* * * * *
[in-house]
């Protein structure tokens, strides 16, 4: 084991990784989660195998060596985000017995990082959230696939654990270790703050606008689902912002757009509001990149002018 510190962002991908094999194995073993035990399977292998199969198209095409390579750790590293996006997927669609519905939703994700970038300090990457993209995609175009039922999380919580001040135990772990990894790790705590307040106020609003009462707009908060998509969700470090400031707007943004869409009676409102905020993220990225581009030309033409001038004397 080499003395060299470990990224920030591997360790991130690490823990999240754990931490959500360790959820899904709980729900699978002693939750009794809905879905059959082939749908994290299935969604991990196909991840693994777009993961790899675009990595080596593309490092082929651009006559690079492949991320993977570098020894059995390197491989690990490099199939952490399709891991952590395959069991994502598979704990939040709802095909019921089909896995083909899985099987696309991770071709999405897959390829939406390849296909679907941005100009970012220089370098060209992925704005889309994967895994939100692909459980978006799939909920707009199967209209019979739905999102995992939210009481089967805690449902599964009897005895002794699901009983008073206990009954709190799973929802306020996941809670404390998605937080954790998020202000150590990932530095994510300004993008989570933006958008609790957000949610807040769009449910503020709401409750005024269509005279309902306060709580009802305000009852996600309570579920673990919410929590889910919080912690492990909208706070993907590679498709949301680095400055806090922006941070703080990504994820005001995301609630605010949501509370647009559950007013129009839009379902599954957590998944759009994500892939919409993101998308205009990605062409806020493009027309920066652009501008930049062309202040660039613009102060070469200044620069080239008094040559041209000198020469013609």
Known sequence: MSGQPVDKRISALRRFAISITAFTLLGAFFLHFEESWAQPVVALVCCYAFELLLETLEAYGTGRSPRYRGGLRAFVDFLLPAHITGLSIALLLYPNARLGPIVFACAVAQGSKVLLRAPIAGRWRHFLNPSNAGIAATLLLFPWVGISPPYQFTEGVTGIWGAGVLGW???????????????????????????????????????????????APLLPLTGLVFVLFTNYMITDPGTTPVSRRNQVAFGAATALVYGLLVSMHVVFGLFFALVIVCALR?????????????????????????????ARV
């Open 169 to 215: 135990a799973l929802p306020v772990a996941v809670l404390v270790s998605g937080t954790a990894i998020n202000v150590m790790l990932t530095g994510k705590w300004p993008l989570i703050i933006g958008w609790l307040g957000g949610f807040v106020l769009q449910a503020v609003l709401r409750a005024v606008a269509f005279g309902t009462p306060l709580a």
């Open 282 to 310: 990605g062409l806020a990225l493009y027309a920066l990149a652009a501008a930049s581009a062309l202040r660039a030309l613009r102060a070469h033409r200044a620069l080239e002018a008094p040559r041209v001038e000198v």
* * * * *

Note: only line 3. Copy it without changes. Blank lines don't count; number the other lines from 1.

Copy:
Known sequence: MSGQPVDKRISALRRFAISITAFTLLGAFFLHFEESWAQPVVALVCCYAFELLLETLEAYGTGRSPRYRGGLRAFVDFLLPAHITGLSIALLLYPNARLGPIVFACAVAQGSKVLLRAPIAGRWRHFLNPSNAGIAATLLLFPWVGISPPYQFTEGVTGIWGAGVLGW???????????????????????????????????????????????APLLPLTGLVFVLFTNYMITDPGTTPVSRRNQVAFGAATALVYGLLVSMHVVFGLFFALVIVCALR?????????????????????????????ARV